10 Things to Avoid When Designing a Company LogoPosted July 15, 2011 | Tips and Trends from the Experts
This week, we have taken a look at what makes a good company logo and examples of creative logo design. Today, I will discuss 10 things to avoid when designing a comapny logo. These range from the obvious (such as making sure your logo isn’t a profane image) to the subtle (such as avoiding the corporate swoosh), but all should be considered if you are designing a new logo or redesigning the one you already have.
This list of 10 things comes from a similar blog post on WebUrbanist, Logo Fail: 10 Ways to Avoid Making a Creative Logo, if you want to check it out for more information.
Ask any designer, and they can name a selection of fonts that should never ever be used in logo design. Perhaps the greatest offender is Comic Sans, the long-vilified font face with such infamy that websites have been created calling for its removal from software programs and eradication from the world’s library of fonts. Further, you should make sure that the font you select matches the corporate image you are trying to convey.
If you can’t afford to hire a graphic designer, using clip art in your logo may be your only option when designing your first logo. That said, you should avoid it whenever possible. Logos comprised of clip art look amateurish, and you run the risk of reusing art that another company has already used. Remember, originality begets memorability.
Excessive Photo Filters and Effects
Used sparingly, a gradient or little drop-shadow can really make your logo pop. Too many effects can be distracting, though. What’s more, they can make your logo difficult to read or understand. A well-used filter or effect can create an interesting logo, but avoid piling on too many.
Make sure the imagery in your logo is somehow related to your company or at least the industry your company is in. Including images—though aesthetically pleasing, but unrelated to your industry—may confuse prospects and new customers.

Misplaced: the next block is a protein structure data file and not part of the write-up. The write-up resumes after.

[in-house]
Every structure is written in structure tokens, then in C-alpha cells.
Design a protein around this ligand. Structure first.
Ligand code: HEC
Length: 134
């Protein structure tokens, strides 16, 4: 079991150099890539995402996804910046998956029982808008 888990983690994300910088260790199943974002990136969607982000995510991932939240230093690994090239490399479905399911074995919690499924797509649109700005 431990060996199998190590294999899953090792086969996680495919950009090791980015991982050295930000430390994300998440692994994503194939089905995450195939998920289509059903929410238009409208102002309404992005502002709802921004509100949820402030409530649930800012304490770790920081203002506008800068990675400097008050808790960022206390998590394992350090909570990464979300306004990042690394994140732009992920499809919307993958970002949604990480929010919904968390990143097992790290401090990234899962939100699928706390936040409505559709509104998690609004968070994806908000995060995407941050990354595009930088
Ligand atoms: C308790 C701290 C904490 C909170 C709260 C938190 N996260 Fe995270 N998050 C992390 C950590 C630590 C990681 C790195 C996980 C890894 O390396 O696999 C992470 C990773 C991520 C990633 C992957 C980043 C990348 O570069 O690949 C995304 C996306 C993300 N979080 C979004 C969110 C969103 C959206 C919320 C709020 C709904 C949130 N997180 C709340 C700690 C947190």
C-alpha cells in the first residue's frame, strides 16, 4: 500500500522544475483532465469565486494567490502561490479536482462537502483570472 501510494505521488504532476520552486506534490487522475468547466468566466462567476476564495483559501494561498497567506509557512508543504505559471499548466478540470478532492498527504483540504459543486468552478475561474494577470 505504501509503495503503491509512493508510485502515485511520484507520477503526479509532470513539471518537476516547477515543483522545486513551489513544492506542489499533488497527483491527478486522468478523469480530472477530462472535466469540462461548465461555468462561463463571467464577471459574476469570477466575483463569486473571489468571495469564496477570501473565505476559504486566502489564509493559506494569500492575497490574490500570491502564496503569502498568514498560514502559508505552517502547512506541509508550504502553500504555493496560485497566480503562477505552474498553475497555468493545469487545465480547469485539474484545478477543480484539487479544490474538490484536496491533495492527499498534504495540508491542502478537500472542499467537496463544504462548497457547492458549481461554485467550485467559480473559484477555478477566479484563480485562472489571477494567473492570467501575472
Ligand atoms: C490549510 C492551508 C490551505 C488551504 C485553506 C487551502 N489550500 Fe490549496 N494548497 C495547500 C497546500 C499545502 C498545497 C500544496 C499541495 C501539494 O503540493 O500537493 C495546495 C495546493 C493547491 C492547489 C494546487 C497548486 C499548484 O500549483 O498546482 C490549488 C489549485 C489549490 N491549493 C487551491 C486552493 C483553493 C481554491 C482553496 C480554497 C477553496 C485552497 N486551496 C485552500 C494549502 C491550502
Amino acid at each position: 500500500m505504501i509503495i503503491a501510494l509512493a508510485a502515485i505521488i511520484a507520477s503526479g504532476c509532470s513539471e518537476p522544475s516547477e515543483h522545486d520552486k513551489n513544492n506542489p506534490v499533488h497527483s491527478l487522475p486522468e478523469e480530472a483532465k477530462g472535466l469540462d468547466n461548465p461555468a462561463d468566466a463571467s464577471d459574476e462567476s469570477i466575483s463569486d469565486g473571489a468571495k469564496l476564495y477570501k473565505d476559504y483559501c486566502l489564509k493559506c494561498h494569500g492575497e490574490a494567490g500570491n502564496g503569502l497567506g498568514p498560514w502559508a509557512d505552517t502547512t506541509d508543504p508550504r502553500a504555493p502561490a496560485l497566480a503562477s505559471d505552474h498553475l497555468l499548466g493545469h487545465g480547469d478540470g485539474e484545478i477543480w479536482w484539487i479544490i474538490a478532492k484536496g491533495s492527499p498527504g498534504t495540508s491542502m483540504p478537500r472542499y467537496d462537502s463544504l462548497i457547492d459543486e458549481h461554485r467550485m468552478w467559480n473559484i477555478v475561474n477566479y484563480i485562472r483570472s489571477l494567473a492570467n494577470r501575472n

Unintentionally Profane Imagery
When you are reviewing the design of your new logo, put your head in the gutter for a second. Is there anything remotely inappropriate about your logo? Are there any elements that could be construed as a phallic or otherwise offensive? Is the lettering in your logo spaced such that it says something other than your company name at your first glance?
Fuzzy or Non-Vector Graphics
While full-color photographic images can be aesthetically pleasing, they wreak havoc on graphic designers. Try to boil the photograph down into its simplest possible form. Not only will it cut down on headaches for your logo designer, it will also make things much easier whenever you decide to use your logo on Custom Promotional Products, such as those from InkHead.
Over-Reliance on Color
Would your logo lose any effect if it were in black and white? While nearly all logos feature color in some way or another, only the best logos can still stand on their own in monochrome. Try to design a logo that only uses color as an accent. This an especially important point when it comes to promotional items, since a one-color imprint is used most often.
The Corporate Swoosh
Nike may have popularized the swoosh first, but these days too many logos rely on this design convention. Even though the swoosh does little to differentiate one company from others in its industry, most companies use it generically. Be careful, a misplaced swoosh could even create an unintentionally profane image or simply confuse your customers. Do what you can to avoid it.
Think about the the fast food signs you see on the highway. If these logos had needlessly complicated images, they may get overlooked. Try to keep your logo as simple as possible, and what design elements you do employ will stand out as a bold statement, even from hundreds of yards away.
Too Much Abstraction
Make sure your logo isn’t so convoluted that people don’t recognize what it’s supposed to be. People should not have to squint at, scratch their heads over, or have to “figure out” your logo. The author for the WebUrbanist article mentioned above cites the 2012 London Olympics logo as a particularly egregious example of abstraction taken to the extreme, and I have to agree. If someone had not told me that it was supposed to read “2012,” I would have simply assumed that it was the product of a graphic design student’s first lesson in making polygons with Adobe Illustrator.
The Bottom Line
There are many things to avoid when designing a company logo, ranging from inappropriate fonts to generic images. While the list here is fairly comprehensive, it is by no means exhaustive. If you are designing a logo for the first time or redesigning the ones you already have, be sure also to review what makes a good company logo and examples of creative logo design. Also, think about the logos that stick out in your mind most. What makes them so effective?
InkHead’s graphic designers can help you design a logo for use with Business Promotional Gifts if you need it. Please call 800-554-0127 to get started.